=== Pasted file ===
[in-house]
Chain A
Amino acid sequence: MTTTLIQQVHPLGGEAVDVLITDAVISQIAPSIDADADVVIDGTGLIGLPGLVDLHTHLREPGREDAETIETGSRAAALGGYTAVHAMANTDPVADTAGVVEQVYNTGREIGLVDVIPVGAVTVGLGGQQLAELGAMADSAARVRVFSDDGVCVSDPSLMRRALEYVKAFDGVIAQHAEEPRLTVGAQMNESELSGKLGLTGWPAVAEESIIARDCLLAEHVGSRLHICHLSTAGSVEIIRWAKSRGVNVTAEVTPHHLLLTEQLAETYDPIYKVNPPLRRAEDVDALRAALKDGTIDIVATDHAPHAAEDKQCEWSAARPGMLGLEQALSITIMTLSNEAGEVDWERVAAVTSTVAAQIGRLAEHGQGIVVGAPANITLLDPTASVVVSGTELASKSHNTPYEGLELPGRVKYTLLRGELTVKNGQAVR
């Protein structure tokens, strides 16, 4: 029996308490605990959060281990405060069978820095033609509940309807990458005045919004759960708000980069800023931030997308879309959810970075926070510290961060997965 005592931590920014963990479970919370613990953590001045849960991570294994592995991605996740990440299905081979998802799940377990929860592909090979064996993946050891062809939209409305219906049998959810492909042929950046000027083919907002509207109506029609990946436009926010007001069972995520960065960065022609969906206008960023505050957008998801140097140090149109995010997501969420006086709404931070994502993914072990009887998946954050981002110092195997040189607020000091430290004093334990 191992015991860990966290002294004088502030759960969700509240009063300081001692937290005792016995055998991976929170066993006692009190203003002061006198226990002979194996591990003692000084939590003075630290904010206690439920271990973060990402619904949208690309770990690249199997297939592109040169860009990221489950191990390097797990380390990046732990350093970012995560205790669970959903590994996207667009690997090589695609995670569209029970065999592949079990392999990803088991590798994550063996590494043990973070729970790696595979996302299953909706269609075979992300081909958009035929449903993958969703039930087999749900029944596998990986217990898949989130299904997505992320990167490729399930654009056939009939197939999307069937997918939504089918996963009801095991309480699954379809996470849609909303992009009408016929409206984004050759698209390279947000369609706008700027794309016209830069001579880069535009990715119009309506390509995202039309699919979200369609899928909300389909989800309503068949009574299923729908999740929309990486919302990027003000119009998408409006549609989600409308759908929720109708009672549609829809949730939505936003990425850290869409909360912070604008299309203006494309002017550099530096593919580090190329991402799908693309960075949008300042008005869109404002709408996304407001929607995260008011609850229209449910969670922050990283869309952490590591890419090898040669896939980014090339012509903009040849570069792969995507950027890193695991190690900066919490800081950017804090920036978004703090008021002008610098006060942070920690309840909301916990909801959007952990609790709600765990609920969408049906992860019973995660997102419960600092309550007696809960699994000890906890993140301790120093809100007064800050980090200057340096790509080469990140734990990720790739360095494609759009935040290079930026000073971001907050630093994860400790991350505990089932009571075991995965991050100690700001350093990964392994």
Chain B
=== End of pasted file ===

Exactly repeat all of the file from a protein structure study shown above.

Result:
[in-house]
Chain A
Amino acid sequence: MTTTLIQQVHPLGGEAVDVLITDAVISQIAPSIDADADVVIDGTGLIGLPGLVDLHTHLREPGREDAETIETGSRAAALGGYTAVHAMANTDPVADTAGVVEQVYNTGREIGLVDVIPVGAVTVGLGGQQLAELGAMADSAARVRVFSDDGVCVSDPSLMRRALEYVKAFDGVIAQHAEEPRLTVGAQMNESELSGKLGLTGWPAVAEESIIARDCLLAEHVGSRLHICHLSTAGSVEIIRWAKSRGVNVTAEVTPHHLLLTEQLAETYDPIYKVNPPLRRAEDVDALRAALKDGTIDIVATDHAPHAAEDKQCEWSAARPGMLGLEQALSITIMTLSNEAGEVDWERVAAVTSTVAAQIGRLAEHGQGIVVGAPANITLLDPTASVVVSGTELASKSHNTPYEGLELPGRVKYTLLRGELTVKNGQAVR
């Protein structure tokens, strides 16, 4: 029996308490605990959060281990405060069978820095033609509940309807990458005045919004759960708000980069800023931030997308879309959810970075926070510290961060997965 005592931590920014963990479970919370613990953590001045849960991570294994592995991605996740990440299905081979998802799940377990929860592909090979064996993946050891062809939209409305219906049998959810492909042929950046000027083919907002509207109506029609990946436009926010007001069972995520960065960065022609969906206008960023505050957008998801140097140090149109995010997501969420006086709404931070994502993914072990009887998946954050981002110092195997040189607020000091430290004093334990 191992015991860990966290002294004088502030759960969700509240009063300081001692937290005792016995055998991976929170066993006692009190203003002061006198226990002979194996591990003692000084939590003075630290904010206690439920271990973060990402619904949208690309770990690249199997297939592109040169860009990221489950191990390097797990380390990046732990350093970012995560205790669970959903590994996207667009690997090589695609995670569209029970065999592949079990392999990803088991590798994550063996590494043990973070729970790696595979996302299953909706269609075979992300081909958009035929449903993958969703039930087999749900029944596998990986217990898949989130299904997505992320990167490729399930654009056939009939197939999307069937997918939504089918996963009801095991309480699954379809996470849609909303992009009408016929409206984004050759698209390279947000369609706008700027794309016209830069001579880069535009990715119009309506390509995202039309699919979200369609899928909300389909989800309503068949009574299923729908999740929309990486919302990027003000119009998408409006549609989600409308759908929720109708009672549609829809949730939505936003990425850290869409909360912070604008299309203006494309002017550099530096593919580090190329991402799908693309960075949008300042008005869109404002709408996304407001929607995260008011609850229209449910969670922050990283869309952490590591890419090898040669896939980014090339012509903009040849570069792969995507950027890193695991190690900066919490800081950017804090920036978004703090008021002008610098006060942070920690309840909301916990909801959007952990609790709600765990609920969408049906992860019973995660997102419960600092309550007696809960699994000890906890993140301790120093809100007064800050980090200057340096790509080469990140734990990720790739360095494609759009935040290079930026000073971001907050630093994860400790991350505990089932009571075991995965991050100690700001350093990964392994």
Chain B